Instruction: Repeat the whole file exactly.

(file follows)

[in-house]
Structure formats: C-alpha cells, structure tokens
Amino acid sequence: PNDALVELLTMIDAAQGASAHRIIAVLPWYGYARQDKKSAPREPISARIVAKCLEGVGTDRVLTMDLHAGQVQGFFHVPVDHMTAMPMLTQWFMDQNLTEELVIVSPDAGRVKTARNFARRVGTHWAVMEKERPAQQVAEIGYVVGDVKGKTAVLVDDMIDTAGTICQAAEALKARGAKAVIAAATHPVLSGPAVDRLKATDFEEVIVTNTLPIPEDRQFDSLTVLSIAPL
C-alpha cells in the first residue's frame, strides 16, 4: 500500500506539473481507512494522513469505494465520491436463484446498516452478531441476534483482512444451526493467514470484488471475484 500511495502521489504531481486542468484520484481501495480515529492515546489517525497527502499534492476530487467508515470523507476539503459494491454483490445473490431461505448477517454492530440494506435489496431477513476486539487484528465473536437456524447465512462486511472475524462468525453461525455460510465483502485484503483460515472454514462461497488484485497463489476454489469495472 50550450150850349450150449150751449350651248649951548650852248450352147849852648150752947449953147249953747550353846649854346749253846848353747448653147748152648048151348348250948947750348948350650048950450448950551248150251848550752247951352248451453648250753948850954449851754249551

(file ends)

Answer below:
[in-house]
Structure formats: C-alpha cells, structure tokens
Amino acid sequence: PNDALVELLTMIDAAQGASAHRIIAVLPWYGYARQDKKSAPREPISARIVAKCLEGVGTDRVLTMDLHAGQVQGFFHVPVDHMTAMPMLTQWFMDQNLTEELVIVSPDAGRVKTARNFARRVGTHWAVMEKERPAQQVAEIGYVVGDVKGKTAVLVDDMIDTAGTICQAAEALKARGAKAVIAAATHPVLSGPAVDRLKATDFEEVIVTNTLPIPEDRQFDSLTVLSIAPL
C-alpha cells in the first residue's frame, strides 16, 4: 500500500506539473481507512494522513469505494465520491436463484446498516452478531441476534483482512444451526493467514470484488471475484 500511495502521489504531481486542468484520484481501495480515529492515546489517525497527502499534492476530487467508515470523507476539503459494491454483490445473490431461505448477517454492530440494506435489496431477513476486539487484528465473536437456524447465512462486511472475524462468525453461525455460510465483502485484503483460515472454514462461497488484485497463489476454489469495472 50550450150850349450150449150751449350651248649951548650852248450352147849852648150752947449953147249953747550353846649854346749253846848353747448653147748152648048151348348250948947750348948350650048950450448950551248150251848550752247951352248451453648250753948850954449851754249551